It was considered a badge of honor for a pop artist to play with the Boston Pops in Arthur Fiedler's day -- a sure sign that he or she had made it -- and Fiedler could make nearly any improbable combination of artists and styles sound zesty and original. Nevertheless, it is still surprising how well this experiment works, despite the formulaic driving idea (symphonic treatments of '60s pop hits). For that, one can thank Atkins' superb taste; Fiedler's enthusiasm; some good, idiomatically sweeping sympho-pop arrangements by Boston Pops stalwart Richard Hayman; and the fabulously resonant acoustics of Boston's Symphony Hall. With a twist or two of the harmonies and some tasty echo delay work, Chet turns Bobbie Gentry's "Ode to Billie Joe" into a haunting piece of work, just as effective in its way as the original hit single. "Wimoweh" lifts off with a fine kicking beat and some pithy finger-picking, and as the sole nod to Atkins' Tennessee roots, the LP concludes with a medley of "The Battle of New Orleans" and "Sugarfoot Rag" that is both inflated and loads of fun. The nice thing about this album -- the second Atkins/Fiedler session -- is that it is a collaboration, not just a star solo turn with orchestral backing, with Atkins fitting comfortably into the Boston Pops' then-distinctive sound.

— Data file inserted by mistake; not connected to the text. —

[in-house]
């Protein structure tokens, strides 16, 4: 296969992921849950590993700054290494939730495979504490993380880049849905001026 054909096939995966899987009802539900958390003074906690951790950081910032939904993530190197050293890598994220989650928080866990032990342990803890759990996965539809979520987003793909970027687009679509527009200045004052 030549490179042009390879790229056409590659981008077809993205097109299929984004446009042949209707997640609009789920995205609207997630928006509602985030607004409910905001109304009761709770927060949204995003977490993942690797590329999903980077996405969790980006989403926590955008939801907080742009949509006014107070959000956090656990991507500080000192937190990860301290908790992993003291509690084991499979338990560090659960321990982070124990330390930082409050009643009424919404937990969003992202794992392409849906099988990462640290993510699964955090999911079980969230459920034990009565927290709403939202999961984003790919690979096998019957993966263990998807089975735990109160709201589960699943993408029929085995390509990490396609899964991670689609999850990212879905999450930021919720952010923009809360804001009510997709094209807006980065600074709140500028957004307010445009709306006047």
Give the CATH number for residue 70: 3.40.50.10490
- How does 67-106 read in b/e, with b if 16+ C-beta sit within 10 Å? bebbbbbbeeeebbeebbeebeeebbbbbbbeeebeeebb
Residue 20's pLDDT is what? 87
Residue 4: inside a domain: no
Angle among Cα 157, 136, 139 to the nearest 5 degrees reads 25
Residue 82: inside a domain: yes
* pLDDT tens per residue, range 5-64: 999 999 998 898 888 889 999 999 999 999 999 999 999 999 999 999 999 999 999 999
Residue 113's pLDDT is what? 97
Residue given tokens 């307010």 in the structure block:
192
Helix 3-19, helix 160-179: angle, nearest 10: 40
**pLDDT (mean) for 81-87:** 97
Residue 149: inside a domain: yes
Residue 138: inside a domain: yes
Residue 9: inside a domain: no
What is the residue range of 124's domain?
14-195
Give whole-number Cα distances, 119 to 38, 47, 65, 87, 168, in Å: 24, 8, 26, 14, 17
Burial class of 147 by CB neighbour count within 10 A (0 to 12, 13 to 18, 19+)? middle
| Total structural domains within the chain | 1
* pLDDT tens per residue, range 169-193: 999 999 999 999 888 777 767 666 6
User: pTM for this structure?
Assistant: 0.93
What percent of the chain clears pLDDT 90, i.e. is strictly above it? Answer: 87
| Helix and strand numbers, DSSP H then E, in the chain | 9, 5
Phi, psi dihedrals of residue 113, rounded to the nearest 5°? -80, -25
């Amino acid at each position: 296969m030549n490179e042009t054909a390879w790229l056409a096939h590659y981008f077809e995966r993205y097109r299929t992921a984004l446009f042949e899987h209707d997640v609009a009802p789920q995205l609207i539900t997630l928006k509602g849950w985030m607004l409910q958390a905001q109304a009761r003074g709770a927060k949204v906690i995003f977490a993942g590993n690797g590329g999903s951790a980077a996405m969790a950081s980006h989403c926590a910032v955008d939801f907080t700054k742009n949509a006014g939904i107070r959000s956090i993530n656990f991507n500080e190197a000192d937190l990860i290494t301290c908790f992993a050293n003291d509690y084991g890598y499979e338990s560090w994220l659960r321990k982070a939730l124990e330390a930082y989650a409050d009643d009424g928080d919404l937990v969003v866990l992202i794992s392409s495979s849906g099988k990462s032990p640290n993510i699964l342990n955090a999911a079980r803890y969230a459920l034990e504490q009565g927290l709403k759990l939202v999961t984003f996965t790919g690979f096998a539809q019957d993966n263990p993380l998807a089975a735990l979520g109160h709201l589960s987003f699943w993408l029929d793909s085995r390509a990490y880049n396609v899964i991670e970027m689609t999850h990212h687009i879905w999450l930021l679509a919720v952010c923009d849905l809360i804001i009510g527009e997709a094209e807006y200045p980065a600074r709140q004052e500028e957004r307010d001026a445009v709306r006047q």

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AllMusic Review by Richard S. Ginell